4. If you are not familiar with Web-based learning be sure to review the processes for posting responses online and submitting assignments before class begins.

Study Tips

Consider the following study tips for success:

  1. To stay on track throughout the course, begin each week by consulting the course Calendar. The Calendar provides an overview of the course and indicates due dates for submitting assignments, posting discussions, and scheduling and taking examinations.
  2. Check Announcements regularly for new course information.


Students at Thomas Edison State College are expected to exhibit the highest level of academic citizenship. In particular, students are expected to read and follow all policies, procedures, and program information guidelines contained in publications; pursue their learning goals with honesty and integrity; demonstrate that they are progressing satisfactorily and in a timely fashion by meeting course deadlines and following outlined procedures; observe a code of mutual respect in dealing with mentors, staff, and other students; behave in a manner consistent with the standards and codes of the profession in which they are practicing; keep official records updated regarding changes in name, address, telephone number, or e-mail address; and meet financial obligations in a timely manner. Students not practicing good academic citizenship may be subject to disciplinary action including suspension, dismissal, or financial holds on records.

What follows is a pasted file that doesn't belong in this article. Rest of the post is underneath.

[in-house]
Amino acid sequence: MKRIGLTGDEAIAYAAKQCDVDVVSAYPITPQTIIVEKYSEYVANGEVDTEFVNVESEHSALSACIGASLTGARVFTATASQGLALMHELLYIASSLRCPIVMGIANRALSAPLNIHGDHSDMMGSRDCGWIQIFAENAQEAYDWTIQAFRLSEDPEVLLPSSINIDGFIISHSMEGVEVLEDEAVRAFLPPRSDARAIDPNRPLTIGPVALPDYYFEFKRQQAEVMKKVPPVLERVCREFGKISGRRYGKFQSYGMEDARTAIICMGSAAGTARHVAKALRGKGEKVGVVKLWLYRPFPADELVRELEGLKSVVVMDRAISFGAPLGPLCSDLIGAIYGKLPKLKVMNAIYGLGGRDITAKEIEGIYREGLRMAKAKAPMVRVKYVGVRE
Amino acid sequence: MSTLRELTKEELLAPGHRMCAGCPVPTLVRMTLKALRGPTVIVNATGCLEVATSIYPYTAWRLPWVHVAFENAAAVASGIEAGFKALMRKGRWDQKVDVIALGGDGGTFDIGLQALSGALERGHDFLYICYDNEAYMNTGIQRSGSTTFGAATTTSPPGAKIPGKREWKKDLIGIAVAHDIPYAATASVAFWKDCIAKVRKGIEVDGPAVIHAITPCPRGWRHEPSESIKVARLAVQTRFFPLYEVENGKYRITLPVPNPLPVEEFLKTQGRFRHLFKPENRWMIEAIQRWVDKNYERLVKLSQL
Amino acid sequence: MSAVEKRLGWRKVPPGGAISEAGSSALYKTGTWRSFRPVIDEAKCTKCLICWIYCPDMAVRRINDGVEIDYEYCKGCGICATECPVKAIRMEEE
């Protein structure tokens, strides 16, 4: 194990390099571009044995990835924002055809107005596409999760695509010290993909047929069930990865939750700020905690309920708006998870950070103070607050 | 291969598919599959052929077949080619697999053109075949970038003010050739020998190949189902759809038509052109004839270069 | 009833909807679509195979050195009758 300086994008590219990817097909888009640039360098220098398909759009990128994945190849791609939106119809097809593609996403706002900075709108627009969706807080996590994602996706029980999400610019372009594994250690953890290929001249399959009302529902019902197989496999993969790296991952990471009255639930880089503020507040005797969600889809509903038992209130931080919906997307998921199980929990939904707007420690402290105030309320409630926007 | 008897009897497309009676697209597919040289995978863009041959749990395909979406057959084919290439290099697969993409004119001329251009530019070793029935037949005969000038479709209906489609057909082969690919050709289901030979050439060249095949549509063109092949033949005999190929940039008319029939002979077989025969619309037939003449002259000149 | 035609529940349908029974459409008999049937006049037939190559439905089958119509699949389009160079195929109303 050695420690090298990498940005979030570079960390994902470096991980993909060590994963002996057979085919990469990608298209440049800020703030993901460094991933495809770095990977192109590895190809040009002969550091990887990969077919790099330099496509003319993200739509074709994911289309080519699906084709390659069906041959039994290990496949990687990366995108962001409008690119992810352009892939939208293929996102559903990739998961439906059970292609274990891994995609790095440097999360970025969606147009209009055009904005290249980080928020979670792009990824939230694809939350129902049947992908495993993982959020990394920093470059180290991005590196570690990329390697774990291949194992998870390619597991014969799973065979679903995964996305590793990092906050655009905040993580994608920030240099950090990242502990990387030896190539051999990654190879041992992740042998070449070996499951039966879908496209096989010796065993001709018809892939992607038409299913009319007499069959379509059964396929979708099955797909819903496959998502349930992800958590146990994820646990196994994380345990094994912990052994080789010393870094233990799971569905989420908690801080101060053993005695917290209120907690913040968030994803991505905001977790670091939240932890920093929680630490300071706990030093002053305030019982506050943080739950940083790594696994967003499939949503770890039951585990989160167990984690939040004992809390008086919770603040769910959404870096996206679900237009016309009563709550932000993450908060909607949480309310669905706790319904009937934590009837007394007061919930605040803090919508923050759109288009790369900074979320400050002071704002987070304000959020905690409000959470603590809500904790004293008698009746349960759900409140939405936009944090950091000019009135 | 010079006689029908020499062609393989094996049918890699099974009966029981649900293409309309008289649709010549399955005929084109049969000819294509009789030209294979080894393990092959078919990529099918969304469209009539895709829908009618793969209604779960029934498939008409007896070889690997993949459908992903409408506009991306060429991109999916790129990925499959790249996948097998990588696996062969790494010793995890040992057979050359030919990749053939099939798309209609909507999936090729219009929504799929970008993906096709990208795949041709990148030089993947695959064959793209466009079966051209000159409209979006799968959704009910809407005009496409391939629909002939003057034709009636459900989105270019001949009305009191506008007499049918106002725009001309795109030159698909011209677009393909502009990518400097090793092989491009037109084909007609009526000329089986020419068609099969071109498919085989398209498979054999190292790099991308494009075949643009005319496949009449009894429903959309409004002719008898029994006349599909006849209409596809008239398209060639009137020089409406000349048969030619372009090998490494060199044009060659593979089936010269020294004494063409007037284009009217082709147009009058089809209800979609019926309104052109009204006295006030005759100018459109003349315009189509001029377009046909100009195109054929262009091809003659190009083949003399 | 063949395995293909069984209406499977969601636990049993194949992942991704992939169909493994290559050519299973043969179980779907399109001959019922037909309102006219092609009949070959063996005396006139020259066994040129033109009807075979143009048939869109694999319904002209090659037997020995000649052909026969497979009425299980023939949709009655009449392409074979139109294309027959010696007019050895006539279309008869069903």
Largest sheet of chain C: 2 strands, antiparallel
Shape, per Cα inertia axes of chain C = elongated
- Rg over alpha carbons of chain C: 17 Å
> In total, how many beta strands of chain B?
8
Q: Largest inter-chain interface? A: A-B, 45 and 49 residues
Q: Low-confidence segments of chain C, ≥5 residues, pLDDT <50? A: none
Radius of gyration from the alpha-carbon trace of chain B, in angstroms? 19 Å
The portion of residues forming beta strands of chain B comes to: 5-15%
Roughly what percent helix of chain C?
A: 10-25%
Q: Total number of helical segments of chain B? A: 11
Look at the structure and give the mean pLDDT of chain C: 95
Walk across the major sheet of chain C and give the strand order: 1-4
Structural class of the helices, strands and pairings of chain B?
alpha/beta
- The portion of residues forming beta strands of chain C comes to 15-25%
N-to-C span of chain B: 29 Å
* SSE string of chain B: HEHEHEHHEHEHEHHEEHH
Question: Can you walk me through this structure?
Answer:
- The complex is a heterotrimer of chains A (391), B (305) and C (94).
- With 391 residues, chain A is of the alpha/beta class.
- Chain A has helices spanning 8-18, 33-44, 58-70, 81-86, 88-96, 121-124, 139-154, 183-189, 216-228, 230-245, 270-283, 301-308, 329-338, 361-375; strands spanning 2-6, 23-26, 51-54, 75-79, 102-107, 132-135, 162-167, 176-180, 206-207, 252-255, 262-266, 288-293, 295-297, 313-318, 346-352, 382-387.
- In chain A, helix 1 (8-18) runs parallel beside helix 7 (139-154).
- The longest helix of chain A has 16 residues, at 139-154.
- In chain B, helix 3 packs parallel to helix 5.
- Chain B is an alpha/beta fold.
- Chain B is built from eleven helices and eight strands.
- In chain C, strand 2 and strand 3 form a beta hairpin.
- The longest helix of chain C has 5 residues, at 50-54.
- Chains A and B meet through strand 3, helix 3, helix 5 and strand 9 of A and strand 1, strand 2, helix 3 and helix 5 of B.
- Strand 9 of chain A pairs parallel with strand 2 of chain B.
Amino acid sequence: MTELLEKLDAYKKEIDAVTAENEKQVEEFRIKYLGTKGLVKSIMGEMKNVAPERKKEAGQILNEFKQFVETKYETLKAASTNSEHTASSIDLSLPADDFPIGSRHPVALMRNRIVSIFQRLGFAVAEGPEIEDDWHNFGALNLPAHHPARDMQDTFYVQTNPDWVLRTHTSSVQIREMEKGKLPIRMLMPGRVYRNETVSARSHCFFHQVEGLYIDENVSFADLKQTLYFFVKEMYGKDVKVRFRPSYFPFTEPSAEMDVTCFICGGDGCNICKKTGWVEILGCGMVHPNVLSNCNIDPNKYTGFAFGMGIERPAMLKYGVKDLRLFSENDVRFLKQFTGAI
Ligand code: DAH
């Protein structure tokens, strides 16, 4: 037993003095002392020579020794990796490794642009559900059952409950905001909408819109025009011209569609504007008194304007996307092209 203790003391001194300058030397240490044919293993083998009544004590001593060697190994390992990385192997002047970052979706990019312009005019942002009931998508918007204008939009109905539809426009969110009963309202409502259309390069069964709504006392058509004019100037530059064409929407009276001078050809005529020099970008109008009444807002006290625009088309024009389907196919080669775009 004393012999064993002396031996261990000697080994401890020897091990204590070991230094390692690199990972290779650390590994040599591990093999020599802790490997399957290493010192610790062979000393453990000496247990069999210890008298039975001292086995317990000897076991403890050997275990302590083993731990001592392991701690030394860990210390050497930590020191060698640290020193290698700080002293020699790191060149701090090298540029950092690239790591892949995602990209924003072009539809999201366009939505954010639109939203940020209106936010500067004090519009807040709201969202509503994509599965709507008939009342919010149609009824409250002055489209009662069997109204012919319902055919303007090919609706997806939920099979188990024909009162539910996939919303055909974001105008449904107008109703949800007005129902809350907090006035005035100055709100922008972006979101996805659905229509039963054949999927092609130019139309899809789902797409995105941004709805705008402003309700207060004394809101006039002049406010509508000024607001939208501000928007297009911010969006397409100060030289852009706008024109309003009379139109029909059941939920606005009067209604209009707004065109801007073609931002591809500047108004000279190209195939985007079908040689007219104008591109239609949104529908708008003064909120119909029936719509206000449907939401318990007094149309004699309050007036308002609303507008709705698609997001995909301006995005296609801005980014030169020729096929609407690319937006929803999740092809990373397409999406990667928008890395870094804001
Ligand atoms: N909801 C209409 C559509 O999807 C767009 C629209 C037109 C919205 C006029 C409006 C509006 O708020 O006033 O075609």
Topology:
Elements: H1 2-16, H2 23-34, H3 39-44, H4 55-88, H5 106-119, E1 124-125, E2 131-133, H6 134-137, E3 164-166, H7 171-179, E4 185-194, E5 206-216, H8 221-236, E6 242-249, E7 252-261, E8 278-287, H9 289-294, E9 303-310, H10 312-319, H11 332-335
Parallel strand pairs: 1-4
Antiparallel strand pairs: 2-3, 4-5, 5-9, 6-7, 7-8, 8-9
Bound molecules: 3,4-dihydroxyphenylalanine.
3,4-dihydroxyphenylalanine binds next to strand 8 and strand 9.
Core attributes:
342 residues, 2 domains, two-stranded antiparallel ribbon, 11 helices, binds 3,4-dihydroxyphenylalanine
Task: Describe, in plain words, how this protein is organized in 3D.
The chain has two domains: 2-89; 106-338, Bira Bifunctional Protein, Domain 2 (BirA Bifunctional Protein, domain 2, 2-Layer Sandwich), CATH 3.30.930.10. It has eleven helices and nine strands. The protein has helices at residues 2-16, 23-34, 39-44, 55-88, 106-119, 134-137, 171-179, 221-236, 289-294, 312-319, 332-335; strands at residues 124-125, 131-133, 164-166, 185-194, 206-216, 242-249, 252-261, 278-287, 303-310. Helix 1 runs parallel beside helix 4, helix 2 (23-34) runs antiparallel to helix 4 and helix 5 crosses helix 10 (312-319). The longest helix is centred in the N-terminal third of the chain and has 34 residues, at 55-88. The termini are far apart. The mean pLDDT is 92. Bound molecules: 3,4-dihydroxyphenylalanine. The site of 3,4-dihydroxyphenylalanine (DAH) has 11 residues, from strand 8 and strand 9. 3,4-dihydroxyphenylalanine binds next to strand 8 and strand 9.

Academic Dishonesty

Thomas Edison State College expects all of its students to approach their education with academic integrity—the pursuit of scholarly activity free from fraud and deception. All mentors and administrative staff members at the College insist on strict standards of academic honesty in all courses. Academic dishonesty undermines this objective. Academic dishonesty takes the following forms:

  1. Cheating
  2. Plagiarizing (including copying and pasting from the Internet without using quotation marks and without acknowledging sources)
  3. Fabricating information or citations
  4. Facilitating acts of dishonesty by others
  5. Unauthorized access to examinations or the use of unauthorized materials during exam administration
  6. Submitting the work of another person or work previously used without informing the mentor
  7. Tampering with the academic work of other students

Academic dishonesty will result in disciplinary action and possible dismissal from the College. Students who submit papers that are found to be plagiarized will receive an F on the plagiarized assignment, may receive a grade of F for the course, and may face dismissal from the College.